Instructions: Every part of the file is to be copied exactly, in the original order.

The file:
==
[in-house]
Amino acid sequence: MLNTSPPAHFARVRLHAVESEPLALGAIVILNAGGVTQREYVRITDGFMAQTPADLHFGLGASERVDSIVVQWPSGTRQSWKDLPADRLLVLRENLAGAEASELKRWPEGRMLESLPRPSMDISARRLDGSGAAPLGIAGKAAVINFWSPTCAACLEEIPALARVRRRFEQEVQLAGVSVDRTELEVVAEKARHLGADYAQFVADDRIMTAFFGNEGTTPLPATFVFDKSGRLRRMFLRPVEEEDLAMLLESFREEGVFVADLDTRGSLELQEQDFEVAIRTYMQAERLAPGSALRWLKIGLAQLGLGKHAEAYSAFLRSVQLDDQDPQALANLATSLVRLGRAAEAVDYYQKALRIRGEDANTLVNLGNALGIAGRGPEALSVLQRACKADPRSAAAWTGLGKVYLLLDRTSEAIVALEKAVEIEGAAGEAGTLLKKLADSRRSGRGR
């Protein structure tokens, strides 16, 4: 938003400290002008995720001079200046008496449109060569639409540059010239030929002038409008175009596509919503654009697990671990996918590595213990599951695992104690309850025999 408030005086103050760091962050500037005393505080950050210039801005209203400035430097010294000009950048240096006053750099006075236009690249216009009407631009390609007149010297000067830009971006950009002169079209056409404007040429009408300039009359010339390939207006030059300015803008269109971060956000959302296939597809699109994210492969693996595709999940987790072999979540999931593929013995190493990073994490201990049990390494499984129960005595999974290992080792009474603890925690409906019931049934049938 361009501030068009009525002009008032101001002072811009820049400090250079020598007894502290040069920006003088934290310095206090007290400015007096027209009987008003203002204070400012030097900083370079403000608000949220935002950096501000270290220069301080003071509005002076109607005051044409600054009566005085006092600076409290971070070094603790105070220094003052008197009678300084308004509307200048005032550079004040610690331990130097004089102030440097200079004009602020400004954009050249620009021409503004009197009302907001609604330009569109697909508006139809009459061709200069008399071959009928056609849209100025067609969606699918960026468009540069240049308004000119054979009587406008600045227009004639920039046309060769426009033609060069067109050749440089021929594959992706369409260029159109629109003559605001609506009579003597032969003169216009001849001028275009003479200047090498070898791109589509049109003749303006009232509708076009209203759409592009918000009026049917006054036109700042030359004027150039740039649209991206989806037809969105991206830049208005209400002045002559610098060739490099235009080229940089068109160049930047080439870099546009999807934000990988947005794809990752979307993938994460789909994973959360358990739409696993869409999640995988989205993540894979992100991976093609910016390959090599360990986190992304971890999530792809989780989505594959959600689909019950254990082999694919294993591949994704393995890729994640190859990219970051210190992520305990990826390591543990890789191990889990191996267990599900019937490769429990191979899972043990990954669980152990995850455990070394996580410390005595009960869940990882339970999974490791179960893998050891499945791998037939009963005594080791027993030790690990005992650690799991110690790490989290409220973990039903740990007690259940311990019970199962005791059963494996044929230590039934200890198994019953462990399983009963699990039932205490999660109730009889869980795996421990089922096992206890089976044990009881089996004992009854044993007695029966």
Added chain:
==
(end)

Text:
[in-house]
Amino acid sequence: MLNTSPPAHFARVRLHAVESEPLALGAIVILNAGGVTQREYVRITDGFMAQTPADLHFGLGASERVDSIVVQWPSGTRQSWKDLPADRLLVLRENLAGAEASELKRWPEGRMLESLPRPSMDISARRLDGSGAAPLGIAGKAAVINFWSPTCAACLEEIPALARVRRRFEQEVQLAGVSVDRTELEVVAEKARHLGADYAQFVADDRIMTAFFGNEGTTPLPATFVFDKSGRLRRMFLRPVEEEDLAMLLESFREEGVFVADLDTRGSLELQEQDFEVAIRTYMQAERLAPGSALRWLKIGLAQLGLGKHAEAYSAFLRSVQLDDQDPQALANLATSLVRLGRAAEAVDYYQKALRIRGEDANTLVNLGNALGIAGRGPEALSVLQRACKADPRSAAAWTGLGKVYLLLDRTSEAIVALEKAVEIEGAAGEAGTLLKKLADSRRSGRGR
């Protein structure tokens, strides 16, 4: 938003400290002008995720001079200046008496449109060569639409540059010239030929002038409008175009596509919503654009697990671990996918590595213990599951695992104690309850025999 408030005086103050760091962050500037005393505080950050210039801005209203400035430097010294000009950048240096006053750099006075236009690249216009009407631009390609007149010297000067830009971006950009002169079209056409404007040429009408300039009359010339390939207006030059300015803008269109971060956000959302296939597809699109994210492969693996595709999940987790072999979540999931593929013995190493990073994490201990049990390494499984129960005595999974290992080792009474603890925690409906019931049934049938 361009501030068009009525002009008032101001002072811009820049400090250079020598007894502290040069920006003088934290310095206090007290400015007096027209009987008003203002204070400012030097900083370079403000608000949220935002950096501000270290220069301080003071509005002076109607005051044409600054009566005085006092600076409290971070070094603790105070220094003052008197009678300084308004509307200048005032550079004040610690331990130097004089102030440097200079004009602020400004954009050249620009021409503004009197009302907001609604330009569109697909508006139809009459061709200069008399071959009928056609849209100025067609969606699918960026468009540069240049308004000119054979009587406008600045227009004639920039046309060769426009033609060069067109050749440089021929594959992706369409260029159109629109003559605001609506009579003597032969003169216009001849001028275009003479200047090498070898791109589509049109003749303006009232509708076009209203759409592009918000009026049917006054036109700042030359004027150039740039649209991206989806037809969105991206830049208005209400002045002559610098060739490099235009080229940089068109160049930047080439870099546009999807934000990988947005794809990752979307993938994460789909994973959360358990739409696993869409999640995988989205993540894979992100991976093609910016390959090599360990986190992304971890999530792809989780989505594959959600689909019950254990082999694919294993591949994704393995890729994640190859990219970051210190992520305990990826390591543990890789191990889990191996267990599900019937490769429990191979899972043990990954669980152990995850455990070394996580410390005595009960869940990882339970999974490791179960893998050891499945791998037939009963005594080791027993030790690990005992650690799991110690790490989290409220973990039903740990007690259940311990019970199962005791059963494996044929230590039934200890198994019953462990399983009963699990039932205490999660109730009889869980795996421990089922096992206890089976044990009881089996004992009854044993007695029966």
Added chain: